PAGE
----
Polish State aid: the European Commission has approved the support to the shipbuilding sector and has opened an in-depth investigation into a tax scheme for shipyards

On 15 January 2018, the European Commission approved, under the EU State aid rules, the Polish aid to small and medium enterprises in the shipbuilding sector operating in the Pomorskie and Zachodniopomorskie regions, in order to encourage new investment and benefit regional development in Poland. The investment granted amount to around 18 million euro.

On the basis of the Guidelines on regional State aid for 2014-2020, that allow Member States to support economic development of certain disadvantaged areas within the European Union and to promote regional cohesion in the Single Market, the Commission found that the investment will foster new investment to modernise the shipbuilding sector. Moreover, the aid is limited to the minimum necessary and, therefore, the Commission concluded that the positive effects of the aid outweigh any distortion of competition eventually brought about by it.

On the same day, the Commission opened an in-depth investigation into the Polish tax scheme for shipyards, since it is concerned that the scheme would give some shipyards a selective advantage over competitors.

In September 2016, Poland adopted a law giving shipyards operating in Poland the possibility to pay a 1% flat-rate tax on sales from the building and conversion of ships, instead of paying the generally applicable corporate or personal income tax. Moreover, the payment of the flat-rate tax is postponed until the building or conversion of a ship is completed. The measure has been notified by Poland to the Commission in December 2016.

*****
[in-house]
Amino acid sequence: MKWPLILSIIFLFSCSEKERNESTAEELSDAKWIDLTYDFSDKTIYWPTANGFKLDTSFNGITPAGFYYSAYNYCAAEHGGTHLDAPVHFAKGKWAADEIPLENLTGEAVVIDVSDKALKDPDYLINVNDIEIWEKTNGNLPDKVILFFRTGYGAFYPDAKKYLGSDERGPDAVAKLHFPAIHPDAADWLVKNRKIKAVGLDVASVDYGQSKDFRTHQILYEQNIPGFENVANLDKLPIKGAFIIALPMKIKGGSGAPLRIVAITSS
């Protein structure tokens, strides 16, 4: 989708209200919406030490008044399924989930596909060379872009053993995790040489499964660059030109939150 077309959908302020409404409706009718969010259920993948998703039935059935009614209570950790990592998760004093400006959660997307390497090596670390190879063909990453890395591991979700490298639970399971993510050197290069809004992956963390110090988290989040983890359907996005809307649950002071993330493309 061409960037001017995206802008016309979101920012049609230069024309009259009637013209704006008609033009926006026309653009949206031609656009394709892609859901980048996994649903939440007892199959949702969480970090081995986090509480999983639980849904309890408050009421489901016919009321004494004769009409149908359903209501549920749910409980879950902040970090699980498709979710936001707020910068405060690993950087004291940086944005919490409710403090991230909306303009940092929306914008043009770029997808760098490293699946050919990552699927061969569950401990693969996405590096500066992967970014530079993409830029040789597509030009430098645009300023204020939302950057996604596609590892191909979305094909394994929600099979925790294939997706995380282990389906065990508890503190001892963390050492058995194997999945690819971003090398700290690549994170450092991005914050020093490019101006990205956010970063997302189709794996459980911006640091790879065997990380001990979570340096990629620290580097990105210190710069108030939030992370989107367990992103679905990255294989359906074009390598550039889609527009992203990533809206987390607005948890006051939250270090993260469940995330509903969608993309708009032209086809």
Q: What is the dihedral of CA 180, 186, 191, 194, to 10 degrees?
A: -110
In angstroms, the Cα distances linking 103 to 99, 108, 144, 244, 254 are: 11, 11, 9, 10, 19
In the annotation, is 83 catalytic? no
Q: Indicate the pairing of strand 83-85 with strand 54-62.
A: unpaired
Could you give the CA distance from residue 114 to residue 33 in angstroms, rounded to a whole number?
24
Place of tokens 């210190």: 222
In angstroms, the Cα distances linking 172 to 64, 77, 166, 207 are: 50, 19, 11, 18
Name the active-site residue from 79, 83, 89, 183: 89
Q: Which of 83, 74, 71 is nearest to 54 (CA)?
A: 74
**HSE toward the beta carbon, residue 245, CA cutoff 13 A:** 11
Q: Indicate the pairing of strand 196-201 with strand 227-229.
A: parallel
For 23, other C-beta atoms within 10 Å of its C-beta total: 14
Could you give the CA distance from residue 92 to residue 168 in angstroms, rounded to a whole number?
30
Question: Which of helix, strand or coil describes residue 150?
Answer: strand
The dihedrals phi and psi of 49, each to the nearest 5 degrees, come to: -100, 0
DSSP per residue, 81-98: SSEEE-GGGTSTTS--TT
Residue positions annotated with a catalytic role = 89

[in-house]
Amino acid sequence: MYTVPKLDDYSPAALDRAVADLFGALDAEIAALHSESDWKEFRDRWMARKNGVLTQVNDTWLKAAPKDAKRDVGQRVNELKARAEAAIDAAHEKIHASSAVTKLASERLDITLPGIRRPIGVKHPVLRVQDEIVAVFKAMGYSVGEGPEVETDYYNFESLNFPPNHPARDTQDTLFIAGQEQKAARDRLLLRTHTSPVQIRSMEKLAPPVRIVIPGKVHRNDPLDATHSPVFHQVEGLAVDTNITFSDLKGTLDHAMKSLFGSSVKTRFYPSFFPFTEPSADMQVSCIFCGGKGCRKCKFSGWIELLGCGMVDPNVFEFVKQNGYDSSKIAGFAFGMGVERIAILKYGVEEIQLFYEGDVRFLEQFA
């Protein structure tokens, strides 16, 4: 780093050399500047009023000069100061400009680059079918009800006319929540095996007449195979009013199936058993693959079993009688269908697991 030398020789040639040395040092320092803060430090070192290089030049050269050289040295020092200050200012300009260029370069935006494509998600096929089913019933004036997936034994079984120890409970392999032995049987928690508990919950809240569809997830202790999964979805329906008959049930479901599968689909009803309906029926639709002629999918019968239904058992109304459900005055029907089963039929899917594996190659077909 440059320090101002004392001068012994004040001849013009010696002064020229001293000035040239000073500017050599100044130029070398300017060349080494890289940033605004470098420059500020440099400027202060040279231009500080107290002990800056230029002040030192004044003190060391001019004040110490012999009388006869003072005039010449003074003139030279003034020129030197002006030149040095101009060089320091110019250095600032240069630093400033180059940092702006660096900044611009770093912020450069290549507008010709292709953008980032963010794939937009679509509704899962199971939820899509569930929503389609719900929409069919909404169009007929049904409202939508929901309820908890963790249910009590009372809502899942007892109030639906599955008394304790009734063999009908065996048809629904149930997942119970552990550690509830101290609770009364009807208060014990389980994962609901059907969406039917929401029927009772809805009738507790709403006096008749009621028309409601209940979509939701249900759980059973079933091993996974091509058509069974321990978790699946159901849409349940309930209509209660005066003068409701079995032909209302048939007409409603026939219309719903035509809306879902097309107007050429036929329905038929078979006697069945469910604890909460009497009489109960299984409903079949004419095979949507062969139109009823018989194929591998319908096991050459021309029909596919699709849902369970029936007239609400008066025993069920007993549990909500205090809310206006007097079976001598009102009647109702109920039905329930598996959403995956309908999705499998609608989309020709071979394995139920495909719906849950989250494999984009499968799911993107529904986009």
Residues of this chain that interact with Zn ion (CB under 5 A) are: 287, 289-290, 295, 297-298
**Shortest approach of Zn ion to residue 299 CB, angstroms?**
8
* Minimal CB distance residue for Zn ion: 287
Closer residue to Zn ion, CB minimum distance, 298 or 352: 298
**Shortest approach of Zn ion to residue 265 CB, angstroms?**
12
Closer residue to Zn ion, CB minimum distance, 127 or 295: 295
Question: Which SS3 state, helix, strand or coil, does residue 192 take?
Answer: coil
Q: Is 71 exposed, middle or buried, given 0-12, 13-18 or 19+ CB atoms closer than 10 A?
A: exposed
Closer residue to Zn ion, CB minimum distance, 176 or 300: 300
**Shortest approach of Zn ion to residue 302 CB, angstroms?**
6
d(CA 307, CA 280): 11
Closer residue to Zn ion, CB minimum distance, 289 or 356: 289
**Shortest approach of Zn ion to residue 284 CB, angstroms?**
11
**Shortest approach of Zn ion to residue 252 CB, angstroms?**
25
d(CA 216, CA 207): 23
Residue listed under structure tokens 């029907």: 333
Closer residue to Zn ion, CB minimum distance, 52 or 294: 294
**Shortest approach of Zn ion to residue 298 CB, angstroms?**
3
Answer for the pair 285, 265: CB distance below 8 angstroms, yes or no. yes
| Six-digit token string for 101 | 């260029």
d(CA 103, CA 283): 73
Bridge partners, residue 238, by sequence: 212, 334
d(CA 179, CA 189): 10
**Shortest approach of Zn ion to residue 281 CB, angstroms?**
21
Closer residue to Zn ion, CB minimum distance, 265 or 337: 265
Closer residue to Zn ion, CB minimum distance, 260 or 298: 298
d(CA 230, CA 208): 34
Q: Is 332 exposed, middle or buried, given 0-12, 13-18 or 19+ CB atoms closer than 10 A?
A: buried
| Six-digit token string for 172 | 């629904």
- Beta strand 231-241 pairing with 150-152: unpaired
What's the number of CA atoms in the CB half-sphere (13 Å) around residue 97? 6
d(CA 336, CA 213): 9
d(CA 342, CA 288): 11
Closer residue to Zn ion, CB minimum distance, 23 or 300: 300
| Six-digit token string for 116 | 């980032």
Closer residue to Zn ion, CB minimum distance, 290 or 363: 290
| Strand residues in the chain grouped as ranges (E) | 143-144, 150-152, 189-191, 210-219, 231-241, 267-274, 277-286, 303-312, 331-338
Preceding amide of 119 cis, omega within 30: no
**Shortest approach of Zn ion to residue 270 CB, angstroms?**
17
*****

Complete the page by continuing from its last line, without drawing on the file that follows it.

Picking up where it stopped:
According to the Commission, the proposed flat-rate sales tax may constitute a so-called operating aid, which relieves shipyards from costs they would otherwise have to bear in their day-to-day activities using public funds. Operating aid is not generally allowed under EU State aid rules, because it distorts competition on the merits without serving any objective of common EU interest. Other categories of aid, such as aid for research, development and innovation or regional aid, are allowed under EU State aid rules since they are considered to be more effective and to have less distortive effects on competition than operating aid.

The proposed flat-rate sales tax does not appear to belong to any of these categories and the Commission is concerned that the aid would harm shipyards in the EU, which are not eligible under the Polish tax scheme.

The Commission will investigate further to determine whether its initial concerns are confirmed.


Davide Scavuzzo